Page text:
Defense counsel had to consider the likelihood that further forensic testing on items found in the apartment would have provided a link to Rice, thus supplying the missing forensic link. Counsel's judgment in situations like this is accorded great respect. Sleeper, 510 F.3d at 38-39. Rice's trial counsel, who had defended many murder cases, rejected Rice's request for testing but made numerous pre-trial motions, including a motion to suppress the results of DNA testing of sperm found in the victim's body and motions to hire a microbiologist and population frequency expert.
On appeal Rice argues that he had already admitted having sexual relations with the victim, so DNA evidence linking him to her apartment would have left him no worse off; and evidence showing the presence of someone else could have helped his cause. But the sexual relations, according to Rice, had occurred elsewhere and DNA evidence showing Rice at the victim's apartment, especially if derived from blood stains, could have made his position worse. One can challenge witnesses who say that the defendant confessed; forensic evidence would have made the defense hopeless.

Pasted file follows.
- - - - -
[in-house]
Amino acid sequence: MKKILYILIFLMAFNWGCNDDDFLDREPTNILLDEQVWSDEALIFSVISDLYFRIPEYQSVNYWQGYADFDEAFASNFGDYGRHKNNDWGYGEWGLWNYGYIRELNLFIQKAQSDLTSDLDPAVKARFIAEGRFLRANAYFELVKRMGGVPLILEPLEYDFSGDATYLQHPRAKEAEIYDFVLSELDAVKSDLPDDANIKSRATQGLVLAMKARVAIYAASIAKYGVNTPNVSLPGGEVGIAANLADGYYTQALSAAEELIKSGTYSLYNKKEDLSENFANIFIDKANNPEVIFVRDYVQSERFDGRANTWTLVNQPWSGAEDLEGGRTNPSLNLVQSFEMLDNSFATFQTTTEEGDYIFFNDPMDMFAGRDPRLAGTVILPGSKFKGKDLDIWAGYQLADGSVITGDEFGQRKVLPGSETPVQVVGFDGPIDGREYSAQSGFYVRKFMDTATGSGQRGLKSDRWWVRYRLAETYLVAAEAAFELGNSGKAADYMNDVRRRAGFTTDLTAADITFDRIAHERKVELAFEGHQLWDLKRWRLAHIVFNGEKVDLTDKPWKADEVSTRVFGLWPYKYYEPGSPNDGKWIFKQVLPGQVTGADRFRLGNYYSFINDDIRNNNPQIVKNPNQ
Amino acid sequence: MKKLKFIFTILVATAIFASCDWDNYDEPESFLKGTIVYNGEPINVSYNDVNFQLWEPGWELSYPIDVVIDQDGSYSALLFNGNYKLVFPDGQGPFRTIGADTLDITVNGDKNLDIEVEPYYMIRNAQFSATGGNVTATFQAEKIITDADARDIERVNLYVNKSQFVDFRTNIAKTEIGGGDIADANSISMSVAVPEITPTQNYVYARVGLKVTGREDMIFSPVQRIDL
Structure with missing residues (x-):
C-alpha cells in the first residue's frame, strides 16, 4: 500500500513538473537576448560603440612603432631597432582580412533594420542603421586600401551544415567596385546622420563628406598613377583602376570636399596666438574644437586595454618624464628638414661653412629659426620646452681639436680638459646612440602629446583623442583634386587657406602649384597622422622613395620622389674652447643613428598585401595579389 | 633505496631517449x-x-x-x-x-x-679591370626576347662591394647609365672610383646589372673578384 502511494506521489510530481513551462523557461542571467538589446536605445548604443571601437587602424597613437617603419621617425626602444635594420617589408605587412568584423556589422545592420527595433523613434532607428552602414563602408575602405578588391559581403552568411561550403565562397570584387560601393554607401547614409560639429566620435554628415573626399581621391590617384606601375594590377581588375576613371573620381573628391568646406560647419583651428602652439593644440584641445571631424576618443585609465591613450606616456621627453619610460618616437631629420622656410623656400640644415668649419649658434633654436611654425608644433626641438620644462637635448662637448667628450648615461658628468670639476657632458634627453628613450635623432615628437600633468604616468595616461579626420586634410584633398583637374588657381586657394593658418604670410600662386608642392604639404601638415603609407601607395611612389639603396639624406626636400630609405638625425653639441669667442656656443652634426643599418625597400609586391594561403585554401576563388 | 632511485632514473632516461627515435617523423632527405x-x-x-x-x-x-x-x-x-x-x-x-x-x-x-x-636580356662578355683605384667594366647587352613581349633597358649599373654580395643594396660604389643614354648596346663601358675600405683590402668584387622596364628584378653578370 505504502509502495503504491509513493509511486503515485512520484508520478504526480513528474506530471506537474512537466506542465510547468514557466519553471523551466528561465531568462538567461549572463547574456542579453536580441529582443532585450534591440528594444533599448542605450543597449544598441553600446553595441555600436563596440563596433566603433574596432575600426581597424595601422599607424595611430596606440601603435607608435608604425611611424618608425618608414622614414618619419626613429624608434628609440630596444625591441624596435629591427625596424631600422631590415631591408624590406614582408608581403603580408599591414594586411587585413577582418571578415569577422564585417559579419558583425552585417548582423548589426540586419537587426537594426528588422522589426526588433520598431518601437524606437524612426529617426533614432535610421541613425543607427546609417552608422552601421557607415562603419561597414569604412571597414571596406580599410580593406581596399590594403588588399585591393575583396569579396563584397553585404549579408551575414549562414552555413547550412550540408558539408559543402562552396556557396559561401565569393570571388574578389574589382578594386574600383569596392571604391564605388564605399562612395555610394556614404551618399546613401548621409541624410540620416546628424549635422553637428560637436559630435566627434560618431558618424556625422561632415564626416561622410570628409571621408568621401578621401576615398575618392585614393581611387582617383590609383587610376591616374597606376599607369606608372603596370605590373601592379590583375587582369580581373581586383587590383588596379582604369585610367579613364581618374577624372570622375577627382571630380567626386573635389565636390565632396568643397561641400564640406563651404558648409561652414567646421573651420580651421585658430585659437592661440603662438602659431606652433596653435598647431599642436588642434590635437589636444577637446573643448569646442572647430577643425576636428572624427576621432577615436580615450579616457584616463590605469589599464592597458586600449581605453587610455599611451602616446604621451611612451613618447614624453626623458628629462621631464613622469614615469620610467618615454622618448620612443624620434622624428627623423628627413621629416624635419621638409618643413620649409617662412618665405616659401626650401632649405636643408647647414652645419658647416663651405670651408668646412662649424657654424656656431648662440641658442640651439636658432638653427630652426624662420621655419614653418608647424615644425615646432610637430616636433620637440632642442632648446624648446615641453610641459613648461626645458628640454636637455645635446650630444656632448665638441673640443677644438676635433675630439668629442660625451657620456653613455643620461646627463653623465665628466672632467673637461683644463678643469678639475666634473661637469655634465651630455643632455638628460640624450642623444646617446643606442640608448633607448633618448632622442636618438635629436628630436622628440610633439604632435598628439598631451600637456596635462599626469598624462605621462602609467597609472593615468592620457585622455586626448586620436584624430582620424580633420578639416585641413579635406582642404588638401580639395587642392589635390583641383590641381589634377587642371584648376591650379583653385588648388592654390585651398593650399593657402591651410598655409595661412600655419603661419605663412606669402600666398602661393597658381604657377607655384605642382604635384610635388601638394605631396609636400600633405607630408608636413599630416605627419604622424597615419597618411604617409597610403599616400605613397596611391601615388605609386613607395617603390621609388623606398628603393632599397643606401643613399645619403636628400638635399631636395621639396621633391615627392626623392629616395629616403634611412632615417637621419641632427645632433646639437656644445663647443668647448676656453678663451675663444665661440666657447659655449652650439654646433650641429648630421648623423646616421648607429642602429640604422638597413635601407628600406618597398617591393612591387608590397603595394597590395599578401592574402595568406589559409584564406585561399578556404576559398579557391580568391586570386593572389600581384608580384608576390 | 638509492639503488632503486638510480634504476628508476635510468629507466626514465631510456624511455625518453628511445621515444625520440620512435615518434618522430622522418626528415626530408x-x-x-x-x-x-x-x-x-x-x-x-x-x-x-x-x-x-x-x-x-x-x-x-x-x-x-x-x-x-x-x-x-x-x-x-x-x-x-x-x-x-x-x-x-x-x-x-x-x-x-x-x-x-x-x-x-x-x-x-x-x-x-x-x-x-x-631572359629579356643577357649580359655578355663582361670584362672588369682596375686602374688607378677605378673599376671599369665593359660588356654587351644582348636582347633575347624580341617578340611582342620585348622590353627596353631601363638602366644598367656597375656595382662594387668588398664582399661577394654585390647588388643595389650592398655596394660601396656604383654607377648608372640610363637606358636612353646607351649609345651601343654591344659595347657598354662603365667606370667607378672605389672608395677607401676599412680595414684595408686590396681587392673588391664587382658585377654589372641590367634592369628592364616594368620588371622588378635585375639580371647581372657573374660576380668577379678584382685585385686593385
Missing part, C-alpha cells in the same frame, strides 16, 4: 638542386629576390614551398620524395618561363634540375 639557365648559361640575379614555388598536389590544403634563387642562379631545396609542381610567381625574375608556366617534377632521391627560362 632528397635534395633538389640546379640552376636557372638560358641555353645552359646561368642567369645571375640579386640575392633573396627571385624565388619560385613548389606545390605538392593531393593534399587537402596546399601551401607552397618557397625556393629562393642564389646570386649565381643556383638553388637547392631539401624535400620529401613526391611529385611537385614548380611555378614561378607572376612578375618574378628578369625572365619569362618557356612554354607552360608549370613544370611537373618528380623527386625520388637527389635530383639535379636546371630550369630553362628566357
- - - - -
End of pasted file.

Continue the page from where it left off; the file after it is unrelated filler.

In addition, nothing creates any likelihood that the result of forensic testing would have been exculpatory, let alone so exculpatory as to overturn a conviction heavily supported by four different witnesses testifying to incriminating statements by Rice, two of them constituting virtual confessions. Prejudice is an independent requirement for relief, and Rice's argument as to prejudice rests almost entirely upon “mays” and “could haves.”
On appeal, Rice points us to an affidavit from a forensic geneticist submitted for the first time in this court and so not part of the record, In re Colonial Mortgage Bankers Corp., 186 F.3d 46, 49-50 (1st Cir.1999), and so has been stricken. Apart from questioning the DNA evidence against Rice (an irrelevance since Rice admits to sexual relations with the victim), the affidavit says in entirely general terms that testing “may” have proved the presence of someone aside from Rice. This, as already explained, is not enough.
1. Rice's position at trial was that he was having an affair with the victim and that he and the victim had engaged in sexual relations at approximately 4 p.m. the afternoon of her death-the latter occurring sometime between 1:15 and 4:40 a.m. the next morning.
BOUDIN, Circuit Judge.